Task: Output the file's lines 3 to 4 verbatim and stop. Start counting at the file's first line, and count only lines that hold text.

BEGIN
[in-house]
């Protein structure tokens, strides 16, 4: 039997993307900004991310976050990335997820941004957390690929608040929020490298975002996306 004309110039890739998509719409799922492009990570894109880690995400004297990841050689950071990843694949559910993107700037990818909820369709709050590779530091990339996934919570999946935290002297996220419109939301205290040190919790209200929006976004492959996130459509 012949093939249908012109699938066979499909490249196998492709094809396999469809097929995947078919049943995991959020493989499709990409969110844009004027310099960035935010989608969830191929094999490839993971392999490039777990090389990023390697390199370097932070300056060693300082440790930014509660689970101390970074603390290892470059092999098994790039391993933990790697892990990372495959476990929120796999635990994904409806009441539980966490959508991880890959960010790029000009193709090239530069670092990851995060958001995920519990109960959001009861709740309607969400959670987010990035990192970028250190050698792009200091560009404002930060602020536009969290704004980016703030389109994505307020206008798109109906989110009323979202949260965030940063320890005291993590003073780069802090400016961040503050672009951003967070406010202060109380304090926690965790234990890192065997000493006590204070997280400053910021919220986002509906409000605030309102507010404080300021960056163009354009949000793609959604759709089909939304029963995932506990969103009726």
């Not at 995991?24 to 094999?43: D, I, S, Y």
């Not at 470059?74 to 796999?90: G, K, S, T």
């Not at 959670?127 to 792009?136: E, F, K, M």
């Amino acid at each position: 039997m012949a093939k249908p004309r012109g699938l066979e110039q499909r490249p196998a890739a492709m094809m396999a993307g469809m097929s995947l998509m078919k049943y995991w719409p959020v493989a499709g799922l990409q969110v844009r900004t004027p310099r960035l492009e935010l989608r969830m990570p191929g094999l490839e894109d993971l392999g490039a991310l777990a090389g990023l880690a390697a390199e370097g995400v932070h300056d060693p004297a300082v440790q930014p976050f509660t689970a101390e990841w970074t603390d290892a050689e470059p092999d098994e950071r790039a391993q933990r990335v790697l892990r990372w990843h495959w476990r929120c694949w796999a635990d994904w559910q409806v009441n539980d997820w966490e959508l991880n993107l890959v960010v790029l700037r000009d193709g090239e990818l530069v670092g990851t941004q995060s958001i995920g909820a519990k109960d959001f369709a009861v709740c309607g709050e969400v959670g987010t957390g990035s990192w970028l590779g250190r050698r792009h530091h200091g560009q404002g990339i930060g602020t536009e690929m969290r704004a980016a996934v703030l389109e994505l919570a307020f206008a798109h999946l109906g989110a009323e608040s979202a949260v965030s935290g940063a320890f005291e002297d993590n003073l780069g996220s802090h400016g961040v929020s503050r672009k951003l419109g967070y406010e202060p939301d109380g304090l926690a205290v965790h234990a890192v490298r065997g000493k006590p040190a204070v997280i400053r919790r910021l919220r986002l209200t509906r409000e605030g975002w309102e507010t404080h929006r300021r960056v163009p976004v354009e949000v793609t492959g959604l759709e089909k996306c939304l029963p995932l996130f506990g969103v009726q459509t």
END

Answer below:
């Not at 995991?24 to 094999?43: D, I, S, Y």
């Not at 470059?74 to 796999?90: G, K, S, T």